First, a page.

- Riding that shit out. Its miserable, it can stress you out, and even if you are meditating you still need to do it. Sometimes the only solution to "looping" is time. Sucks I know but thems the breaks. In fact, its best to ride it out a while especially if it lasts more than a day and you are forced to do the following step.
- Dealing with the loop's cause. This is generally only necessary if said cause is person and/or the loop is a recurring problem but I'm including it because its important. You need to deal with whatever issue is causing you to obsessively think about it. Since this usually involves a person you need to communicate with that person, preferably in person. Most often in my experience the thing you were obsessing over is actually not that big of a deal, and you are dumb. Every once and while however, it is actually a major issue and the sooner you deal with it the better.

   I have had this sequence of events (i.e. it's not a big deal and I am dumb) play out so often I beginning to suspect I might actually be a profoundly stupid person. Which is strangely comforting, actually, as it reminds me I'm still human. Also, I'm not sure when this blog somehow morphed into some sort of mental health self-help type thing, but here we are. Hopefully next time I will be back to ranting about Walking Dead, or giant robots or some such other nerdy nonsense, or (SHAMELESS SELF-PLUG INCOMING!!!) shall I direct you to my podcast:

Thursday, June 27, 2013

On the CitiBike bike sharing program and bike lanes in general in NYC

The central problem with bike lanes, particularly in Manhattan, is that they DON'T ACTUALLY EXIST. Painting a line on the asphalt does not a bike lane make. Especially when anyone can walk or hail a cab, turn into that lane willy-nilly with no consequence. And completely and utterly ignored every, I MEAN EVERY TIME, one of these articles comes out is that bicyclers are NOT THE ONLY PEOPLE ON WHEELS USING A BIKE LANE. As someone who skates all over the city, I can say without dispute that bike lanes are infinitely more dangerous for me to navigate now since the implementation of the bike sharing. The lanes were painted on, but nearly none of the asphalt was fixed. In order to avoid potholes, I have to skate on the sidewalk, where I am in danger not only of hitting pedestrians, but of being ticketed for violating a law that was designed to keep bikes off the sidewalk. For some reason, this law applies to everyone with wheels under them without any consideration to whether it was realistic or practical to enforce. The same is true with the bike sharing and bike lanes. They were implemented seemingly without any thought to how they would actually be used.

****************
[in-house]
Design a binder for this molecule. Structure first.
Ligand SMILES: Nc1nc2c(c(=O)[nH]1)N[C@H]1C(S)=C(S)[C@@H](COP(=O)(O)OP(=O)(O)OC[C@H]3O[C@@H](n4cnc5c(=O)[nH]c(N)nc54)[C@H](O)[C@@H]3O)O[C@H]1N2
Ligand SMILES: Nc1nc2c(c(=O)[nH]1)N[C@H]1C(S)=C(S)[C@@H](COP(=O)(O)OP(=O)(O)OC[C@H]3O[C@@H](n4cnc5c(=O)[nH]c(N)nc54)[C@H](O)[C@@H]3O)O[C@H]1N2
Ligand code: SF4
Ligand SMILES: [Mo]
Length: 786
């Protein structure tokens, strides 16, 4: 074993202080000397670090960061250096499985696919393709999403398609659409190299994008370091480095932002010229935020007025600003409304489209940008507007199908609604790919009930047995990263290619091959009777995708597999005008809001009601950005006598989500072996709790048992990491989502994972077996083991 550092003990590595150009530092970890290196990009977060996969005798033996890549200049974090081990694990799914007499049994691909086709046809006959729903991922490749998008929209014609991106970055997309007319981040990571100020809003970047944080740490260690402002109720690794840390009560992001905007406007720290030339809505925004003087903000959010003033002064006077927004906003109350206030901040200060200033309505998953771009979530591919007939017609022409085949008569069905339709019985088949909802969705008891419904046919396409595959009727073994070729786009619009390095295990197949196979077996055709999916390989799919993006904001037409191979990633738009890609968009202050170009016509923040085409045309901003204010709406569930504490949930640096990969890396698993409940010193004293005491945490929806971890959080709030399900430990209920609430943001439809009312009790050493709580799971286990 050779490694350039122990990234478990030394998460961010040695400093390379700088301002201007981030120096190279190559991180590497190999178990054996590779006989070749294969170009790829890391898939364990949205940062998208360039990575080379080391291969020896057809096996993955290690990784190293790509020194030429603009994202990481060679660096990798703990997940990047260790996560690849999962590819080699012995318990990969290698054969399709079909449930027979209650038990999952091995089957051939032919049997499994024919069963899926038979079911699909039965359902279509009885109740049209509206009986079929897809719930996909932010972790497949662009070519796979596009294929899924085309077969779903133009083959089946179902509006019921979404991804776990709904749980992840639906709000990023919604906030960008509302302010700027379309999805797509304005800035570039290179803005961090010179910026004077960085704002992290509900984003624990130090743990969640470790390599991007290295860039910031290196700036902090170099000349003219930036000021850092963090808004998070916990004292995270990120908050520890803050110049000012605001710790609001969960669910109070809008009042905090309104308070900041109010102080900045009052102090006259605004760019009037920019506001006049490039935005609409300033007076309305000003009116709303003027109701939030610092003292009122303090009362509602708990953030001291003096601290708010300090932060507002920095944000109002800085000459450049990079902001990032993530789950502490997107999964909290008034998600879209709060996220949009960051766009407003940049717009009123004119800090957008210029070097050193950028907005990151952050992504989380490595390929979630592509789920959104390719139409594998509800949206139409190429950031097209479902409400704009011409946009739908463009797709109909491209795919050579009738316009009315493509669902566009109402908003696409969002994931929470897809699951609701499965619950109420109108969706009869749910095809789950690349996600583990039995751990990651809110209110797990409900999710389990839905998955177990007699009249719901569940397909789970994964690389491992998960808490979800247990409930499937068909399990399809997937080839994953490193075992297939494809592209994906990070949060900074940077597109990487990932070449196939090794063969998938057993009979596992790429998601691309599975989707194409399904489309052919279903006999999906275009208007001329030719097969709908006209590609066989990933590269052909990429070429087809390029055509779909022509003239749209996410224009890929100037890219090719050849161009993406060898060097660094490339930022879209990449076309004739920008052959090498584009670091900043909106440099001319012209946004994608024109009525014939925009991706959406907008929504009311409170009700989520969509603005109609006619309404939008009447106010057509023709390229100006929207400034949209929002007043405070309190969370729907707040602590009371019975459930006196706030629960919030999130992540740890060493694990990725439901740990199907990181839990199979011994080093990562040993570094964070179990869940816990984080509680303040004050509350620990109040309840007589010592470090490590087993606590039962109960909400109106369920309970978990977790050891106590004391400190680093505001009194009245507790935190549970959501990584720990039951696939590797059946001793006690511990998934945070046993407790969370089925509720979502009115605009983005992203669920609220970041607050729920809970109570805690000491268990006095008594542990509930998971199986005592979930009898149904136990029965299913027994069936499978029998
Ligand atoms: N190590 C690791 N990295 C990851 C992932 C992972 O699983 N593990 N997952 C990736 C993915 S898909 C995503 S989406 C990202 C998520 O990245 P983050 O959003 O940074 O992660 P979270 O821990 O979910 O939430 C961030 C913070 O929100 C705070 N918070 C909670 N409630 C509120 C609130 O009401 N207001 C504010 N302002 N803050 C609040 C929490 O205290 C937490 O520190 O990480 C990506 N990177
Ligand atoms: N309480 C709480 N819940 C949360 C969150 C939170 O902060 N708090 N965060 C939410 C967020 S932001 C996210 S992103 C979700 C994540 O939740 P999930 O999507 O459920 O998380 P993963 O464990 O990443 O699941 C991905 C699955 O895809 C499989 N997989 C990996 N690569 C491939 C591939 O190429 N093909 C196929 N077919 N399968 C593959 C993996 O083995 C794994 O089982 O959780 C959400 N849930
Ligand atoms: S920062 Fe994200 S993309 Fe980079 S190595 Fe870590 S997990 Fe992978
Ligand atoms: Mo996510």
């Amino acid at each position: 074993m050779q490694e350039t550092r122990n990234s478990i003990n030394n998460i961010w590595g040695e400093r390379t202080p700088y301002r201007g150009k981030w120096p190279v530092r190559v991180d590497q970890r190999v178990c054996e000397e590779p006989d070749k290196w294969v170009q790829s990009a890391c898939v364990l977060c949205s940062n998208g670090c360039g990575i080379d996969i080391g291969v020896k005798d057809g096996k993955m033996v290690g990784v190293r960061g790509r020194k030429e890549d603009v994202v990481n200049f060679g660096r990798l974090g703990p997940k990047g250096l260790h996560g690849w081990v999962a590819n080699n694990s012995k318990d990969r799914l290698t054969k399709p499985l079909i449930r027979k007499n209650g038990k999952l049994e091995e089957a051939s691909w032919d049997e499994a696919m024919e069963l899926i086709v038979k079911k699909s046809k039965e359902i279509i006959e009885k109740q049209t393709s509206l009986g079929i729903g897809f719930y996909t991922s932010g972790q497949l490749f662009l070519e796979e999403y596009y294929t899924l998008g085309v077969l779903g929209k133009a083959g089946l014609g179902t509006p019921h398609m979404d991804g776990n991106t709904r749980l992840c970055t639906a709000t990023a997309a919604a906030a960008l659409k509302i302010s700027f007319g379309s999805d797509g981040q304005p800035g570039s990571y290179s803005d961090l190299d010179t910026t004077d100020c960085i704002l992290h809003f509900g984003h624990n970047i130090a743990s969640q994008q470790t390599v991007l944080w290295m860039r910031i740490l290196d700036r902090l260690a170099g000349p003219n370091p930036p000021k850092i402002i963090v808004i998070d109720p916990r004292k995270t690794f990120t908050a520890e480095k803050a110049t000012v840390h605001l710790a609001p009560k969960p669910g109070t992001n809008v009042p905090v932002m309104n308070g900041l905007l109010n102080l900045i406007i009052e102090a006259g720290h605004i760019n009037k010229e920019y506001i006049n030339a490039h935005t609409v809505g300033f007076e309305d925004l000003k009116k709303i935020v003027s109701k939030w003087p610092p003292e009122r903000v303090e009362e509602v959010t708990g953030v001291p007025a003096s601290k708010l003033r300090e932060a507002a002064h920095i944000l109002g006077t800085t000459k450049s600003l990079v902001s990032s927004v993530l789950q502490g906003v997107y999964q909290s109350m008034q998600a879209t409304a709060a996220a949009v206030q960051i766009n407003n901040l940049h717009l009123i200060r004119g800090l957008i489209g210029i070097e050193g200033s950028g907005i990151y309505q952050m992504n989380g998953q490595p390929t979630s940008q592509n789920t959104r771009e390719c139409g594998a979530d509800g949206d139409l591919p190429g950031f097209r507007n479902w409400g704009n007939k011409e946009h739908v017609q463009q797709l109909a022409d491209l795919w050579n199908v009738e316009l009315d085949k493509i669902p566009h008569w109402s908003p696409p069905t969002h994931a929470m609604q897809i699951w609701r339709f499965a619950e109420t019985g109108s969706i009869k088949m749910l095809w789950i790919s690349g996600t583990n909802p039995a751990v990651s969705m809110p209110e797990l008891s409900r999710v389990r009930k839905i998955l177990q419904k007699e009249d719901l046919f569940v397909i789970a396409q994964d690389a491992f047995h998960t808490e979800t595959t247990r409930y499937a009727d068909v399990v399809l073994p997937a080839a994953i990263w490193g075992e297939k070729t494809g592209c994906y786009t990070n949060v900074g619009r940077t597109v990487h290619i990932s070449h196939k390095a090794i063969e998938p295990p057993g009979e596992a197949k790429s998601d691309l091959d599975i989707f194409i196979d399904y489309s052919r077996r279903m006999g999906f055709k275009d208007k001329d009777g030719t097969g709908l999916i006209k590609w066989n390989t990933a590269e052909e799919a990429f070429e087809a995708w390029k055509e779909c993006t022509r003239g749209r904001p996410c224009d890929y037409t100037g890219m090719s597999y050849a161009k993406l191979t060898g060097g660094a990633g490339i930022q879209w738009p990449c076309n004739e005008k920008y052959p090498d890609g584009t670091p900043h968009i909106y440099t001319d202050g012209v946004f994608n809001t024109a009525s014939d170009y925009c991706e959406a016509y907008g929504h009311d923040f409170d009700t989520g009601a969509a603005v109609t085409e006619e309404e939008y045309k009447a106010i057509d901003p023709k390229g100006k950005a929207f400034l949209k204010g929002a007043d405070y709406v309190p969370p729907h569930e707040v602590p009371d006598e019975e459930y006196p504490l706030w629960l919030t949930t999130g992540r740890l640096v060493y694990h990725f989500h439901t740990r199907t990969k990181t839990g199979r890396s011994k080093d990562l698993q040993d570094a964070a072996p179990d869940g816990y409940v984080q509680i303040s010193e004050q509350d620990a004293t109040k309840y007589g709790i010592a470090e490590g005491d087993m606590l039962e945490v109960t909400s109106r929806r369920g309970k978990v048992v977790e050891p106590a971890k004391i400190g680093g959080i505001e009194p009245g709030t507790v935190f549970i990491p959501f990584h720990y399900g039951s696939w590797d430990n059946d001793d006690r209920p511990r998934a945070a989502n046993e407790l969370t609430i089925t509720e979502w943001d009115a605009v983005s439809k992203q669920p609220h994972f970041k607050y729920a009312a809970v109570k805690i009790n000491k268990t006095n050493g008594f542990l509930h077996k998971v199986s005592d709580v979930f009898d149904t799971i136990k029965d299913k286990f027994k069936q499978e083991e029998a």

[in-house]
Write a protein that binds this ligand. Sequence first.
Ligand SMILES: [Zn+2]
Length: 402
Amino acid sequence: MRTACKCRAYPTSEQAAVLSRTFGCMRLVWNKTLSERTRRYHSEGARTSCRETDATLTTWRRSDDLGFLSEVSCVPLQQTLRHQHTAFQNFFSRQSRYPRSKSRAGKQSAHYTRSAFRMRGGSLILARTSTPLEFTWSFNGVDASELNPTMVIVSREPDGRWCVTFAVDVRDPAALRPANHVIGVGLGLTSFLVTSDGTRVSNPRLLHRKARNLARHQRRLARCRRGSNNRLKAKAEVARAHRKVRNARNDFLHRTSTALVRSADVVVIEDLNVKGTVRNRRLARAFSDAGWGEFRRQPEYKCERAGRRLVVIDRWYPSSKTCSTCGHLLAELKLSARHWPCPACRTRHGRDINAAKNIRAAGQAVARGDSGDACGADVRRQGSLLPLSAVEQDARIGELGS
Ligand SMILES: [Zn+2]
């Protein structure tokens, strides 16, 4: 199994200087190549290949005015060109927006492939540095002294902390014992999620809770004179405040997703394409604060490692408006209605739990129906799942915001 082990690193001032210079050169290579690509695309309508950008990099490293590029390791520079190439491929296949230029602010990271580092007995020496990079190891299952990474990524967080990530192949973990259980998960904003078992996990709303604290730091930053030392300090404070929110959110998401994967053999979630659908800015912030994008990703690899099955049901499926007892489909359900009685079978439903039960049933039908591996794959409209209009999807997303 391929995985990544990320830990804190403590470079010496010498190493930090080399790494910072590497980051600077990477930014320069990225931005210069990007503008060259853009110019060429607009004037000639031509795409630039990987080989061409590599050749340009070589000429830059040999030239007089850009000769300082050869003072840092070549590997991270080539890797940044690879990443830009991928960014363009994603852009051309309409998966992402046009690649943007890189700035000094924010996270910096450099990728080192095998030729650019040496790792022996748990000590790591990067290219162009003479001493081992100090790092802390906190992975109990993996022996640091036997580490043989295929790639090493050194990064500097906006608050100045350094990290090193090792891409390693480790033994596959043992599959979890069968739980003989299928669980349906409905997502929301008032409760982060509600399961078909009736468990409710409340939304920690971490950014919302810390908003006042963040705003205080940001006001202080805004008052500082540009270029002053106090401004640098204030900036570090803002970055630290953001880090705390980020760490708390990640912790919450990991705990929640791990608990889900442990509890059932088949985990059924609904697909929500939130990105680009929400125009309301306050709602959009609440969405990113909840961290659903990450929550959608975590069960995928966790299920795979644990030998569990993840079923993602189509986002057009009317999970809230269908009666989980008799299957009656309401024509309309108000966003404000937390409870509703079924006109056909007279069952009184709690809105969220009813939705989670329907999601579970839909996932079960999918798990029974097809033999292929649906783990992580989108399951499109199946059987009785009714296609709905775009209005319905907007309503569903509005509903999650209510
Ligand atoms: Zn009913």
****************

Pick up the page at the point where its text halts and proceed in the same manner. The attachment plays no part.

Monday, June 3, 2013

How Losing my iPod was like ending a 3-year long relationship

  So a couple of months ago I lost/someone stole my iPod classic after going to see Star Trek, Into Darkness (great movie by the way, despite what the critics say, but more on that at some other time). As with many things that happen in my life, this was after a particularly amazing two days. And life doesn't ever seem to allow me to have a really nice time without subsequently kicking me in the balls somehow. I realize this may be a self-fulfilling prophecy to some extent, but you shut your damn mouth, little voice in my head.
  Like the ending of many relationships, this one was the result of carelessness and/or sheer stupidity, possibly both. I was so focused on sharing my joy in my movie-going experience I wasn't focused enough on checking to make sure I had everything until after I left the theater. Now to be clear, I was miffed, but after several trips back to the theater and costumer service, I finally just shrugged and kind of accepted it. It wasn't until a few days later it started to sink in how much the content on that iPod had become an integral part of my life. The more psychoanalytical of you might see this as a crude metaphor for a lot of my relationships. That thought has not escaped me, but I've found dwelling on it just makes me sink into a cycle of questioning myself, which I do enough on my own, thank you very much. Also incidentally, it make me miss the damn iPod more, so I decided to let it go.
  For one thing, there was an accumulation of about three years worth of music and podcasts on that thing. Some of which is not backed up because it was essentially stolen from other people and will now have to be purchased. Proof that sometimes I am both lazy and a bad person. I also didn't realize how much of my daily routines, and therefore, a certain extant of my mental stability, was based around playlists on that thing. It's like living with a significant other and waking up the next morning after breaking up to find your whole daily routine now has to change. I realize that's a over-exaggeration, but a lot times you don't realize how important all the little things are until they are gone. Obvious? Yes, but it never fails to surprise you when it actually happens.
  To get into some specifics, here are some playlists that I had and the reasoning as to why not having them actually became a issue for me.

On the Go: Basically a playlist of all my favorite songs. Like a giant blueprint of the randomness that is my brain, and a profound comfort blanket whenever or wherever I am.

Wake-Up: Music that helps me get out of bed in the morning, and adding to this, a couple of educational podcasts I listen to get my brain moving on groggy days. This was the first one I didn't realize how integral it was to my morning routine until it was gone.